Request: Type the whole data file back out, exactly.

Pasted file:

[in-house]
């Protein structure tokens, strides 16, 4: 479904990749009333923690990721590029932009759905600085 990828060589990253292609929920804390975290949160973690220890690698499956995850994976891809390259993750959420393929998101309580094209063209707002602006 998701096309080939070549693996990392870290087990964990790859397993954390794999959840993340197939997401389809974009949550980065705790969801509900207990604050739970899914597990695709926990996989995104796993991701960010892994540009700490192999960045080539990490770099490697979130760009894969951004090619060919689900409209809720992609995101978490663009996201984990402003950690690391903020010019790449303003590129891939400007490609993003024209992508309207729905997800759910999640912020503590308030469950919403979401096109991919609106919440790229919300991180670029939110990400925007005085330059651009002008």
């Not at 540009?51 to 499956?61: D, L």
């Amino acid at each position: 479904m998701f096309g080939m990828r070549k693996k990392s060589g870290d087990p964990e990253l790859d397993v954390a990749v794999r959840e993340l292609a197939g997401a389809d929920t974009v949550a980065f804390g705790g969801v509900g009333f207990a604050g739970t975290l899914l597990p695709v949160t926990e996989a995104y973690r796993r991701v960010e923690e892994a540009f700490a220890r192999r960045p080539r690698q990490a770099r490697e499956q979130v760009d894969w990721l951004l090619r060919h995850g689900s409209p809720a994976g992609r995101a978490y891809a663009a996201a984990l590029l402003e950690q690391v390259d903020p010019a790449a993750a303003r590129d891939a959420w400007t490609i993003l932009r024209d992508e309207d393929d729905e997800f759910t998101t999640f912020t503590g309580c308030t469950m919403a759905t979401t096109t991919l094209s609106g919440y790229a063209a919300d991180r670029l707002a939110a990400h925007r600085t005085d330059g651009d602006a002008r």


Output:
[in-house]
């Protein structure tokens, strides 16, 4: 479904990749009333923690990721590029932009759905600085 990828060589990253292609929920804390975290949160973690220890690698499956995850994976891809390259993750959420393929998101309580094209063209707002602006 998701096309080939070549693996990392870290087990964990790859397993954390794999959840993340197939997401389809974009949550980065705790969801509900207990604050739970899914597990695709926990996989995104796993991701960010892994540009700490192999960045080539990490770099490697979130760009894969951004090619060919689900409209809720992609995101978490663009996201984990402003950690690391903020010019790449303003590129891939400007490609993003024209992508309207729905997800759910999640912020503590308030469950919403979401096109991919609106919440790229919300991180670029939110990400925007005085330059651009002008």
């Not at 540009?51 to 499956?61: D, L």
């Amino acid at each position: 479904m998701f096309g080939m990828r070549k693996k990392s060589g870290d087990p964990e990253l790859d397993v954390a990749v794999r959840e993340l292609a197939g997401a389809d929920t974009v949550a980065f804390g705790g969801v509900g009333f207990a604050g739970t975290l899914l597990p695709v949160t926990e996989a995104y973690r796993r991701v960010e923690e892994a540009f700490a220890r192999r960045p080539r690698q990490a770099r490697e499956q979130v760009d894969w990721l951004l090619r060919h995850g689900s409209p809720a994976g992609r995101a978490y891809a663009a996201a984990l590029l402003e950690q690391v390259d903020p010019a790449a993750a303003r590129d891939a959420w400007t490609i993003l932009r024209d992508e309207d393929d729905e997800f759910t998101t999640f912020t503590g309580c308030t469950m919403a759905t979401t096109t991919l094209s609106g919440y790229a063209a919300d991180r670029l707002a939110a990400h925007r600085t005085d330059g651009d602006a002008r």